Let me preface this by saying I love Robert Siodmak's work, but damn, was The Killers a stinker. Don Siegel's version is much superior. Of course, it took Siodmak's film as a blueprint and there's nearly nothing of Hemingway's story despite being marketed with the deceiving title of "Ernest Hemingway's The Killers"… But as a film, it's superior in every way. Siodmak's version dragged. Even though I had already seen Siodmak's version, Siegel's kept me engaged from start to end.
Also honorable mention to the version directed by Tarkovsky, Gordon and Beiku for daring to go fully literal unlike Siodmak and dropping "nigger" on the audience a few times and giving their part nigger actor blackface over his brown skin for greater effect. It drags too, but it's a literal adaptation much like the first scene from Siodmak's.
Siodmak's own later work Criss Cross is a much superior film using a very similar formula. I think Siegel took inspiration from both films for his, but it's even more deliciously violent. The film is a much better thriller, but admittedly uses the other as its main inspiration. Rather than being a new adaptation of Hemingway's story it's a remake of the original, and one of those few remakes that improve on the original product.
Ava Gardner is a more alluring femme fatale than Angie Dickinson, but overall the newer movie just flows better. The shorter runtime helps, and changing the boxer into a race driver allows for much better action. The killers themselves driving the story also help keep tension high.
It was a bit of a letdown for me because I'd heard it described as "the Citizen Kane of film noir" but it turns that was a reference to it's narrative structure and it's quality. I still thought it was alright if not all that memorable.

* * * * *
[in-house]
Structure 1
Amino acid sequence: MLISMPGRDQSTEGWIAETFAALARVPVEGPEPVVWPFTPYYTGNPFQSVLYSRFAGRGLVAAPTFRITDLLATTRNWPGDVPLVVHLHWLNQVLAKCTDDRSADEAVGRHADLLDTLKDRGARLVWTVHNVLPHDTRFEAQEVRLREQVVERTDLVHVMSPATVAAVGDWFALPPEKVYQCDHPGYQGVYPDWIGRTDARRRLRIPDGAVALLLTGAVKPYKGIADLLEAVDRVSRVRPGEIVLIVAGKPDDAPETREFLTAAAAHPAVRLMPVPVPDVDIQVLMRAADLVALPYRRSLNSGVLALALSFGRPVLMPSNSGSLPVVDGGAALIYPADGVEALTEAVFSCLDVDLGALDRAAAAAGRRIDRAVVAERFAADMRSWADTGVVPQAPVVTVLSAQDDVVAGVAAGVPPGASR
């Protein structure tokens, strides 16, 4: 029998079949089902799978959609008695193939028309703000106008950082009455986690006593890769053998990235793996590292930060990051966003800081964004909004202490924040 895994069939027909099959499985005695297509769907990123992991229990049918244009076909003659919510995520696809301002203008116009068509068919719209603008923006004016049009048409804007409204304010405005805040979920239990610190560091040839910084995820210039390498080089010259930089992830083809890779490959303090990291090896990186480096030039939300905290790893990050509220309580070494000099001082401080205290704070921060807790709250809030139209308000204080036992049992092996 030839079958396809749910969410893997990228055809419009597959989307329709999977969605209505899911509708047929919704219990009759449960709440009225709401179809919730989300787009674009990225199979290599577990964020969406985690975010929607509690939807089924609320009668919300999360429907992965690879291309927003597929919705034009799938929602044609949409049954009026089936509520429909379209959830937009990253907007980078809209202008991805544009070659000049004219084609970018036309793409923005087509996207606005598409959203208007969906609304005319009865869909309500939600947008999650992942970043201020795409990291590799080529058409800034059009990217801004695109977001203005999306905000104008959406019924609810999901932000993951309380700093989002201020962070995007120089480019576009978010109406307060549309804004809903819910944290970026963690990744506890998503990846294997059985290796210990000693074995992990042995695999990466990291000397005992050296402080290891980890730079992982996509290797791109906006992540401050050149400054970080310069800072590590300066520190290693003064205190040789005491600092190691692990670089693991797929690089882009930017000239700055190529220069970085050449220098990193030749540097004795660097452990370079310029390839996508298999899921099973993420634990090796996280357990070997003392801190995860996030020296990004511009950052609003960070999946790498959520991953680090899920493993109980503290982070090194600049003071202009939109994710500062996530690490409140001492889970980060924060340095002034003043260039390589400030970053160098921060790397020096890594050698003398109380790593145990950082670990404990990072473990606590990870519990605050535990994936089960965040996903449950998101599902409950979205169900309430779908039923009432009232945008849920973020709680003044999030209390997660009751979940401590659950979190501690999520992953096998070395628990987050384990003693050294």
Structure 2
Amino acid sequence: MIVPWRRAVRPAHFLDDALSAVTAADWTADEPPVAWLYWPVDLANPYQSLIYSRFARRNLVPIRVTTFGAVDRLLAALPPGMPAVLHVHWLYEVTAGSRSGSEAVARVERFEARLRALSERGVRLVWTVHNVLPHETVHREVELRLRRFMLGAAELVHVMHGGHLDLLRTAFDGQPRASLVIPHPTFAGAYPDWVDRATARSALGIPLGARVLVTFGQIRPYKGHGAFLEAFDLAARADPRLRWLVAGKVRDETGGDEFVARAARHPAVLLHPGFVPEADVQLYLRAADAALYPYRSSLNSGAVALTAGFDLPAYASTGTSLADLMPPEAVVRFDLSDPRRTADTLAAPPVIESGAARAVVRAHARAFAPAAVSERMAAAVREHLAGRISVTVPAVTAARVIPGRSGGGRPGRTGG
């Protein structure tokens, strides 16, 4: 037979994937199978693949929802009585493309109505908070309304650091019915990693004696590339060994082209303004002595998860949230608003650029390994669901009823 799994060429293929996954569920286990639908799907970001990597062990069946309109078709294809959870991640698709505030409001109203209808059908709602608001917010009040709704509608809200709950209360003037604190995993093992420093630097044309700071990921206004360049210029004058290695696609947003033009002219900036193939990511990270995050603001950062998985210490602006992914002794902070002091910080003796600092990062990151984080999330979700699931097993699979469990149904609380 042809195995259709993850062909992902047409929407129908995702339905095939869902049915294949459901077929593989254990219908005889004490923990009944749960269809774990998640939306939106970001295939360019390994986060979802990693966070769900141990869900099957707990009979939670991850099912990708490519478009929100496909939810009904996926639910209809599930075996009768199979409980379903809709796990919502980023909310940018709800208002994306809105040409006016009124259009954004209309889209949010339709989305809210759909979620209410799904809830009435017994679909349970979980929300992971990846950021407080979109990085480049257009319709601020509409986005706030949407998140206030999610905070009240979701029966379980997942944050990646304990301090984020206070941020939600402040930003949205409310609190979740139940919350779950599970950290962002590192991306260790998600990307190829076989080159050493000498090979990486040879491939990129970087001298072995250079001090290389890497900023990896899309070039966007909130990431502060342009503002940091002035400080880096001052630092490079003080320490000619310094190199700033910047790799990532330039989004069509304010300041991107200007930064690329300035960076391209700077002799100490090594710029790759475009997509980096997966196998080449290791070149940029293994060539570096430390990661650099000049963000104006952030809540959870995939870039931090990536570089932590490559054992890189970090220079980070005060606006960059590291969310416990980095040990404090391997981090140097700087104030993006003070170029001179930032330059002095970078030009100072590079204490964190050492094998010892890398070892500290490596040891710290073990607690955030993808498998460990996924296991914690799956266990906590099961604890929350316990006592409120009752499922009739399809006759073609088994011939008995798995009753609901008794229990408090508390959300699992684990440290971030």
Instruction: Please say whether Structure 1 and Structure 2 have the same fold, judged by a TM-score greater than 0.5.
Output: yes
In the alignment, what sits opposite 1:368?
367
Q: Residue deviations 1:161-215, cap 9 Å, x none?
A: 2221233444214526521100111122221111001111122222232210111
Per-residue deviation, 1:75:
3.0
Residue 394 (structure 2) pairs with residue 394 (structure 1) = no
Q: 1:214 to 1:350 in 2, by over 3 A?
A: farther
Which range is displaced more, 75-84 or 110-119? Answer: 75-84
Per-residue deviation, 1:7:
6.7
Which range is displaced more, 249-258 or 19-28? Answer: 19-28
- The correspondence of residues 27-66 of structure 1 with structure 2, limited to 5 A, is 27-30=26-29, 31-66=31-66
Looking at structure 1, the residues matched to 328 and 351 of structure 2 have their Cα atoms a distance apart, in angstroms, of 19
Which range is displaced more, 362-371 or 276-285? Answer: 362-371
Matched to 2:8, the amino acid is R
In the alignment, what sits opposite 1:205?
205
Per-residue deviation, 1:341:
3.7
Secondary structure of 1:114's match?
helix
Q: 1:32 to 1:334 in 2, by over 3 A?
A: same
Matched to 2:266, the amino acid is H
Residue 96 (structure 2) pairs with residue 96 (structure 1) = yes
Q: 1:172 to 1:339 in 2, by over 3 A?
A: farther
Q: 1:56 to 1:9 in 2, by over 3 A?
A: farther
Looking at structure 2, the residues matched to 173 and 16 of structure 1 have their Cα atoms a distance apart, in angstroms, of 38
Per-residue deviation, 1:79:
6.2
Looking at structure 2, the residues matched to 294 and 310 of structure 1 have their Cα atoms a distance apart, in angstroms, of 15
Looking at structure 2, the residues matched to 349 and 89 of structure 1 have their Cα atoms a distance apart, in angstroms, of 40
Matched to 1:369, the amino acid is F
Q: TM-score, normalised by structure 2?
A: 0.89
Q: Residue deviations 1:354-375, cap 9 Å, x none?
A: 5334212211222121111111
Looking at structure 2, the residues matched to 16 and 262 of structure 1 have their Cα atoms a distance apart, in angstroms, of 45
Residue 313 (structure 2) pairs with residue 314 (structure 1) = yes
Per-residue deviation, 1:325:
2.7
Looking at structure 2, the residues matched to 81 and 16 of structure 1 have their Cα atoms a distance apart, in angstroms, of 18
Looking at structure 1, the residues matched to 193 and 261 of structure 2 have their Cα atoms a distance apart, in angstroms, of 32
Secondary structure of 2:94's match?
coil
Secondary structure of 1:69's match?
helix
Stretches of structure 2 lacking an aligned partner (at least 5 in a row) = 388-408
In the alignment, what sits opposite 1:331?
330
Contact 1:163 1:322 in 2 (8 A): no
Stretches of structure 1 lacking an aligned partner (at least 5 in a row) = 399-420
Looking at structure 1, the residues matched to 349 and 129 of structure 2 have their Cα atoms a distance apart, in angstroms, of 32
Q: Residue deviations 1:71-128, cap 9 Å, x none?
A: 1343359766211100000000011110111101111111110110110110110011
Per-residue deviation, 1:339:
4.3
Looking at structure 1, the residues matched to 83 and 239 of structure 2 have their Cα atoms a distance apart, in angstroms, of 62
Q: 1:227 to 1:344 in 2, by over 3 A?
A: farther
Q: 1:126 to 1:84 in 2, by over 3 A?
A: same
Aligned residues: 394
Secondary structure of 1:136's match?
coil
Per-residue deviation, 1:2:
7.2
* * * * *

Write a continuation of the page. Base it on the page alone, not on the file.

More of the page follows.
I had read that but didn't give much thought to it, partly because to me Kane is noir if atypical. For me it was a letdown because I had seen Criss Cross before and loved it so I figured Siodmak with Lancaster would be great to watch again. I think it was based on this one.
If you haven't seen Siegel's version I highly recommend it .
Film soleil usually achieves a more visceral kind of violence, partially thanks to color. And Siegel was a master of filming it. Where noir seemed to display evil in a seedy underworld, its descendant shows casual violence in a bright setting, and the world itself appears gritty. It feels more real because it's in color so it hits even harder.
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WE NEED TO WATCH THIS
I wonder if Reagan got a kick from slapping that foid
Not hitting women when you have to be around them is cringe and bluepilled. You should be spending time with catboys instead.
Cassavetes is like a hybrid between Eric Roberts and Jean Paul Belmondo